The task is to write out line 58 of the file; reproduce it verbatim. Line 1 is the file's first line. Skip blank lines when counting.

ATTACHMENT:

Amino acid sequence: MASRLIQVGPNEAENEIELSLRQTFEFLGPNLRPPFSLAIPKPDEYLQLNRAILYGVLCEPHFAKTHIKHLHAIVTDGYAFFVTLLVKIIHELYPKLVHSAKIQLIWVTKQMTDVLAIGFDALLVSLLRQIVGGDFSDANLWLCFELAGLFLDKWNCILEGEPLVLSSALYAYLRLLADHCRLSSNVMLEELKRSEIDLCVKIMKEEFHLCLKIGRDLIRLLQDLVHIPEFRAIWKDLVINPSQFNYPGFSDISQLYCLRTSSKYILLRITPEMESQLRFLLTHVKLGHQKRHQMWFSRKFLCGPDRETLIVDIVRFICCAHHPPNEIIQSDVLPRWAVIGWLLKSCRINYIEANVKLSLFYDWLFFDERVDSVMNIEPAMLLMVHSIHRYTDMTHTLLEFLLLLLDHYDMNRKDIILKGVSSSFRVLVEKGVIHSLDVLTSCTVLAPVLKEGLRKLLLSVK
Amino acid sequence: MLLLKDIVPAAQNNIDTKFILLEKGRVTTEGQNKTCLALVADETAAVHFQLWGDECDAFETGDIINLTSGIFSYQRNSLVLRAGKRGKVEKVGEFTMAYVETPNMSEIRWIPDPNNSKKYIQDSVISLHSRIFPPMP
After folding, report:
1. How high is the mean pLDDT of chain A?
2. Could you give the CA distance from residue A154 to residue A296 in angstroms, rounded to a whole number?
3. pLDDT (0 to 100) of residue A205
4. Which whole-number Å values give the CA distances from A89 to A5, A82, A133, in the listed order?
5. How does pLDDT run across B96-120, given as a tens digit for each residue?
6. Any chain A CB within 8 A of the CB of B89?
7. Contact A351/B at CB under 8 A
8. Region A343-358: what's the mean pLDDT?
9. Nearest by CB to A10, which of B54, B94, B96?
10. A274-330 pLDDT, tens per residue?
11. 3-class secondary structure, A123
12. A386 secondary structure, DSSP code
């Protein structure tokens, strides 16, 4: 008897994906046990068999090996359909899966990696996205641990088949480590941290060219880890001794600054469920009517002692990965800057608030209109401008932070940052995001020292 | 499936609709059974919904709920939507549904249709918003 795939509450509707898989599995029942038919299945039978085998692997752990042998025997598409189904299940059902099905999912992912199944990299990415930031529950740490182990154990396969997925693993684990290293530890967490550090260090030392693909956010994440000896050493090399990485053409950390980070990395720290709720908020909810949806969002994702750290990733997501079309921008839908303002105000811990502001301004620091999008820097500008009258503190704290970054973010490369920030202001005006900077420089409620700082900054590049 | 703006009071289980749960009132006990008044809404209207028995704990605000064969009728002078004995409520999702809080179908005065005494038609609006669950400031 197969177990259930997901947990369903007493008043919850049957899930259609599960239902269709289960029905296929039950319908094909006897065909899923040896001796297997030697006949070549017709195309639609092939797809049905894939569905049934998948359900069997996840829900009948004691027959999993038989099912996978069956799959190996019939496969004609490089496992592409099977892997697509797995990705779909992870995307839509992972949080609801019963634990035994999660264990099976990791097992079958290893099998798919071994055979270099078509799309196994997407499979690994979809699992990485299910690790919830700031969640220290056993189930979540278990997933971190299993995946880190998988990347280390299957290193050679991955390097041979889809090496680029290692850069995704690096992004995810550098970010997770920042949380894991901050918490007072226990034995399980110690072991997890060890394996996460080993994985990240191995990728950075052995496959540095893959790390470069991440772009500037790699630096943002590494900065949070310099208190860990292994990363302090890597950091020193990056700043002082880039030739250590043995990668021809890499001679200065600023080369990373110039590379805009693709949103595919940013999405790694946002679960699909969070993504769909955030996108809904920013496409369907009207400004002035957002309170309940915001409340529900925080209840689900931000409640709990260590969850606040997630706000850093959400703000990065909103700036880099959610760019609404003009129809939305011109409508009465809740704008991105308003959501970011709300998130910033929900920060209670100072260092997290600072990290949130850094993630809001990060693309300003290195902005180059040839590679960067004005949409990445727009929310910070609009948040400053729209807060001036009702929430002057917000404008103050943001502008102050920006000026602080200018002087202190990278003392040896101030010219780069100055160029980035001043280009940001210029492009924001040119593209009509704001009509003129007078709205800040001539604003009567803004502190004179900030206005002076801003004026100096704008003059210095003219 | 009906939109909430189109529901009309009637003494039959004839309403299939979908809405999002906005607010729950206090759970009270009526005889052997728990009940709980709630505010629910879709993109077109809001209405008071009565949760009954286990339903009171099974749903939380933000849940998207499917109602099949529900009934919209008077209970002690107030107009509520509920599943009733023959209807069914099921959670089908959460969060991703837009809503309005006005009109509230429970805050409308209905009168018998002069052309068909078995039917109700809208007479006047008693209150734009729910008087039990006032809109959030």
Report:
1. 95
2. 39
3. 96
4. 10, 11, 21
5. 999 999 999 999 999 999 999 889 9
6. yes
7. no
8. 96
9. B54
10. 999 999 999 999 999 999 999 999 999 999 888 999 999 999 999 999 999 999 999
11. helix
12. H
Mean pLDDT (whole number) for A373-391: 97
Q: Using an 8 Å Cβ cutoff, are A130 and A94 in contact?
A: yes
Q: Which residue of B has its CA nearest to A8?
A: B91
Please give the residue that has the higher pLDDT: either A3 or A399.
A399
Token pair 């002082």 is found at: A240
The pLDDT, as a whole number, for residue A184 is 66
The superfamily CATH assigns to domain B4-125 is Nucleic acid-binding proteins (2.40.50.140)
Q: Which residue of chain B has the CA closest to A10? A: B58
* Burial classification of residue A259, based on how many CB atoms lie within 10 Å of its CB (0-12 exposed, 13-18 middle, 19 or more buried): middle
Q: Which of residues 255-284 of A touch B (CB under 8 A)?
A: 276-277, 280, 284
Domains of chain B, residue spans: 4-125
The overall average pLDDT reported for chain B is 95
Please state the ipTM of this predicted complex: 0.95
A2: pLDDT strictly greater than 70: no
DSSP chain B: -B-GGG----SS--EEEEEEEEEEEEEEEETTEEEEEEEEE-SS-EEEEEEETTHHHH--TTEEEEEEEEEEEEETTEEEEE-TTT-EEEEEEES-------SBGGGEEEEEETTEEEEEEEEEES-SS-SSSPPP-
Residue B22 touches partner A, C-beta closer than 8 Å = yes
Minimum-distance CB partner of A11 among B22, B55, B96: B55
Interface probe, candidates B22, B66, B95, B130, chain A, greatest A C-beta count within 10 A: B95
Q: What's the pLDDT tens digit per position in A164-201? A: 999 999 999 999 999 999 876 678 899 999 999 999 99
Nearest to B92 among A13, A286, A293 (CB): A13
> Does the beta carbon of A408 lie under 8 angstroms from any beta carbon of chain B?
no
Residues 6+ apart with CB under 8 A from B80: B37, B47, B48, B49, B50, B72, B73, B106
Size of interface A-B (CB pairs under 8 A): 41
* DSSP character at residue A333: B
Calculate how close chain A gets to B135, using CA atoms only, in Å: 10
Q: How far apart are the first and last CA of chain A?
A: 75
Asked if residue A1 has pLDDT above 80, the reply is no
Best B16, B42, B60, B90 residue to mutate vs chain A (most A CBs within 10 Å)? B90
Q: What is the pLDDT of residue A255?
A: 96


* DSSP character at residue A333: B